2. Lisa Parks, “Around the Antenna Tree: The Politics of Infrastructural Visibility.” Flow (March, 2009); Brian Hayes, Infrastructure: A Field Guide to the Industrial Landscape (W. W. Norton & Company, 2006); David Levine, “Parking Plots.” Cabinet Magazine 41 (Spring 2011): 99-101.
3. Shannon Mattern, “Infrastructure Tourism,” Places (June 2013), np.
4. Alex Carp, “Inside Manhattan’s Tower of Internet.” The Awl, March 22, 2013, np; Ginger Strand, “Keyword: Evil, Google’s Addiction to Electricity,” Harper’s Magazine (March 2008); Kazys Varnelis ed., The Infrastructural City: Networked Ecologies in Los Angeles. New York: Actar Barcelona, 2008); Jason Farman, “Locative Media.” The Handbook of Mobilities. Ed. Mimi Sheller, Peter Adey, David Bissell, Kevin Hannam, and Peter Merriman (New York: Routledge, 2014).
5. Andrew Blum, Tubes: A Journey to the Center of the Internet (New York: Harper Collins, 2012): 264.
6. For an analysis of the early origins of this practice, see Brooke Belisle’s history of nineteenth century railroad photography. Brooke Belisle, “Picturing Networks: Railroads and Photographs,” Amodern 2 (2013), np. Accessed April 15, 2014, http://amodern.net/article/picturing-nineteenth-century-networks/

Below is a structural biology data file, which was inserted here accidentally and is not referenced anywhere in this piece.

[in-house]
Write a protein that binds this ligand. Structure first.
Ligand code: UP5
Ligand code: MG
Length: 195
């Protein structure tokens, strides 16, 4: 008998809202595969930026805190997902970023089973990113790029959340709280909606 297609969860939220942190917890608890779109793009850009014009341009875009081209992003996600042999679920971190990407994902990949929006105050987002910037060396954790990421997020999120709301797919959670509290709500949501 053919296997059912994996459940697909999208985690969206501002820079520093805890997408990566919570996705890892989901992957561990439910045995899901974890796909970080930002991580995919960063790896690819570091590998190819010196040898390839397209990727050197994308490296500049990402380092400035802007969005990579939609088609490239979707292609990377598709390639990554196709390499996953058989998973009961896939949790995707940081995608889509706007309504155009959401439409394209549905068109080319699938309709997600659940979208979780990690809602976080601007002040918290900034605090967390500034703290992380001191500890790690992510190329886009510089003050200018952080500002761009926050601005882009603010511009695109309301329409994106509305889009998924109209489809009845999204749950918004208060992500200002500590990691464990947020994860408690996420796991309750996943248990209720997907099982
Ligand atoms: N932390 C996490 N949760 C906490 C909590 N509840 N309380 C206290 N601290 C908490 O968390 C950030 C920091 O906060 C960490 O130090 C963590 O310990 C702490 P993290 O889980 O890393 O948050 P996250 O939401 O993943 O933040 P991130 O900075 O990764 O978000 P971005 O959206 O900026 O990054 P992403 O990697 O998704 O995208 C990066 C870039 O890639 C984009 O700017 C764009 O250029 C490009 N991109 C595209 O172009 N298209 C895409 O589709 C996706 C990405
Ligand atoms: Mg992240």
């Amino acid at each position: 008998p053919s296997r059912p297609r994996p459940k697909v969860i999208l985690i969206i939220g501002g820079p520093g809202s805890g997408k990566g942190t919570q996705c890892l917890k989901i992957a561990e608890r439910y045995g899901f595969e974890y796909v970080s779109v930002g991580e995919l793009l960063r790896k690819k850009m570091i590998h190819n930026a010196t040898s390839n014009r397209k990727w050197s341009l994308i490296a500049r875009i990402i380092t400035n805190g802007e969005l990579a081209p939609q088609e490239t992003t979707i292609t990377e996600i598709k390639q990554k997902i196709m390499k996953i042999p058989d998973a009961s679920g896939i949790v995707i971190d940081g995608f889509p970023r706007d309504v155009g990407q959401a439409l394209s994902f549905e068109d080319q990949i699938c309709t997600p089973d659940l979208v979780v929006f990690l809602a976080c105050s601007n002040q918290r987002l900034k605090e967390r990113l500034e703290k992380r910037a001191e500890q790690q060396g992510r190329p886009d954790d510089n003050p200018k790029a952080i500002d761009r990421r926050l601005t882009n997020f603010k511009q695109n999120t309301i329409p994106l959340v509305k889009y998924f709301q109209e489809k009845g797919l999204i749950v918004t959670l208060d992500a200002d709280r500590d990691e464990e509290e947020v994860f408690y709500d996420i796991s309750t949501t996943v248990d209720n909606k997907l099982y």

7. Ashley Carse, “Nature as Infrastructure: Making and Managing the Panama Canal Watershed,” Social Studies of Science 42 (2012): 539-563. For a further discussion of cables’ relationship with coastal ecologies, see Nicole Starosielski, “‘Warning, Do Not Dig’: Negotiating the Visibility of Critical Infrastructures,” Journal of Visual Culture 11, no. 1 (2012): 38-57.
Nicole Starosielski is an Assistant Professor in the Department of Media, Culture, and Communication at New York University. Her research focuses on the global distribution of digital media, and the relationships between technology, society, and the aquatic environment. Her current book project, The Undersea Network, charts the cultural and environmental dimensions of transoceanic cable systems, beginning with the telegraph cables of the first global communications network and extending to the fiber-optic infrastructure supporting international Internet traffic.